Motivation-Hygiene Theory And Maslow's Hierarchy Of Needs

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2.1 Theories on Motivation
The two motivation theories which will be incorporated into the strategies are Herzberg’s Motivation-Hygiene Theory and Maslow’s Hierarchy of Needs.

Herzberg’s Motivation-Hygiene Theory
Herzberg’s Motivation-Hygiene Theory (1959,1966) was the result of a study on job satisfaction of workers in several settings including educational settings as well as industrial settings to determine whether intrinsic factors do contribute towards job satisfaction. The two factor theory claims that certain elements within the job content i.e- intrinsic as well as its environment i.e- extrinsic, can influence the lack of satisfaction. According to Herzberg, satisfaction and dissatisfaction are not on the same
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company policies and administration
2. supervision of employees
3. working condition
4. salary and;
5. interpersonal relationship

Some also includes;
6. status
7. personal life

Herzberg found that the hygiene factors do not lead to motivation however without them, employees would feel dissatisfied for example, an employee might not feel motivated by the amount of pay he or she receives but might be dissatisfied by the inadequate amount of financial rewards. In other words, motivational factors can only cause satisfaction or an absence of satisfaction. (Graham & Messner, 1998)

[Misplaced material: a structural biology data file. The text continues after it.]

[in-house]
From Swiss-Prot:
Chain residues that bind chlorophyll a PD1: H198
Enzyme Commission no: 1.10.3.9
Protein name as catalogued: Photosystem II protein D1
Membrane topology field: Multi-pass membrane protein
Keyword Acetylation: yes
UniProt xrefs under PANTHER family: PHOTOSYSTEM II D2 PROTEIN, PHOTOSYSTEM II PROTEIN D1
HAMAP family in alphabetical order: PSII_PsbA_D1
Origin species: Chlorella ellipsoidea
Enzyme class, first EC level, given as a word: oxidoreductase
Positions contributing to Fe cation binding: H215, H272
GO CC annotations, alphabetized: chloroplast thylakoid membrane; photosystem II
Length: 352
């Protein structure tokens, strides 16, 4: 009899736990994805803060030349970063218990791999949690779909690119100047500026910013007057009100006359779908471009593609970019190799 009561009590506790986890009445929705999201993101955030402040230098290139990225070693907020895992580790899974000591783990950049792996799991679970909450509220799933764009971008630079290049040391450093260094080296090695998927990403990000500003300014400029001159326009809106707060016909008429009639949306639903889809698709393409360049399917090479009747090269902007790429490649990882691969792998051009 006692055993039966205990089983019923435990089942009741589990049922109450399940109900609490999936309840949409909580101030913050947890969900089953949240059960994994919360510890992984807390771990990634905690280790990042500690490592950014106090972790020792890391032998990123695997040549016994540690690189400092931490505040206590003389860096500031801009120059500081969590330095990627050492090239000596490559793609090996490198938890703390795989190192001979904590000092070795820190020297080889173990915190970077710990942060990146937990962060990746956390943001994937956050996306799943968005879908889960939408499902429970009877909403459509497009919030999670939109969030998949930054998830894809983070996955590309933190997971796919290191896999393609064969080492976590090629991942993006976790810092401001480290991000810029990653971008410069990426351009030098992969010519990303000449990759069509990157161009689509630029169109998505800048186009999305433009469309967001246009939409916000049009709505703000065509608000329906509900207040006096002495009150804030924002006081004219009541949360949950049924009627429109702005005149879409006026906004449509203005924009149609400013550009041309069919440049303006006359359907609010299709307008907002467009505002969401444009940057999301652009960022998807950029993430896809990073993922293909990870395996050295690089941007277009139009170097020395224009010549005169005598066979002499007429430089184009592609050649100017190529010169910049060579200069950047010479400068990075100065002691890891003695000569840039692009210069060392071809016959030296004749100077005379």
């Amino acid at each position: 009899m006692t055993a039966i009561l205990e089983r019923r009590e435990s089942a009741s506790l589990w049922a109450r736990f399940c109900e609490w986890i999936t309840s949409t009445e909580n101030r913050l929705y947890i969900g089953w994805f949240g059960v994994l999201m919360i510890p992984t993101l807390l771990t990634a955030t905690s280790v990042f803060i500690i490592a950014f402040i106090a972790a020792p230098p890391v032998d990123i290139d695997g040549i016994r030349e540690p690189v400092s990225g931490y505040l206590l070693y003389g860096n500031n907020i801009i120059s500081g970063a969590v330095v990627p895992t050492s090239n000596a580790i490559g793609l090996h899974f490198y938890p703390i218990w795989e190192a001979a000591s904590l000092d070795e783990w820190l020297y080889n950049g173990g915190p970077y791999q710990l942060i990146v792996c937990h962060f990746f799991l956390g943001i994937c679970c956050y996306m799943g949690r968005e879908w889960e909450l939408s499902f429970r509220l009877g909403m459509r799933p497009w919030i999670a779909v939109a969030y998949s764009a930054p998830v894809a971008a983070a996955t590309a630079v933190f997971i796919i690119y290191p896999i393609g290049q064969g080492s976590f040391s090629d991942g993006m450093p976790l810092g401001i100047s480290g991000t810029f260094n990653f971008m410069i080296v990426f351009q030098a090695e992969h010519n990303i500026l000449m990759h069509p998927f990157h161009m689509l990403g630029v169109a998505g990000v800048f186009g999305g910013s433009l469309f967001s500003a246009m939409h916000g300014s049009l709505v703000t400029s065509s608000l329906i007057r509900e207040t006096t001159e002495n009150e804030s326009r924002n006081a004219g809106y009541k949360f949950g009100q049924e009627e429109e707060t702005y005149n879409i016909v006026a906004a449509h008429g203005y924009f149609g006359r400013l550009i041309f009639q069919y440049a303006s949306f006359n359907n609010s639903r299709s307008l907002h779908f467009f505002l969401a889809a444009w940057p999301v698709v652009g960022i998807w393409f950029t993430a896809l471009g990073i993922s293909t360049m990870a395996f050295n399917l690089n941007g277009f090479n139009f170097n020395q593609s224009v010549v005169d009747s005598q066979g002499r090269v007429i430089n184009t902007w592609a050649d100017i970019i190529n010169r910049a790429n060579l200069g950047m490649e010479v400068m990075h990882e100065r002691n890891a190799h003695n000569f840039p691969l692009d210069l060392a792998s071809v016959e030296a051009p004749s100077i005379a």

The second finding of the research concluded the factors that has the ability to motivate an employee. These are referred to as “satisfiers”as they prompt the employees to achieve higher levels of performance. These factors can cause dissatisfaction when absent, or no dissatisfaction when present. These motivating factors include:-
1. achievement
2. recognition
3. work itself
4. responsibility
5. opportunity for advancement
6. growth Figure 1: Herzberg’s theory

Maslow’s Hierarchy of
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Job motivation and work satisfaction of employees can have either a negative or a positive impact on their performance. To validate this theory, countless researchers have conducted studies on the relationship of motivation and job satisfaction with job performances. Springer (2011) concluded that motivation and job satisfaction are factors that can be used to act as a predictor of employee’s efficiency within the organization as work performance is significantly affected by both factors. In other words, a working condition with greater level of motivation and an increase of employee’s satisfaction with their work leads to quality performance and
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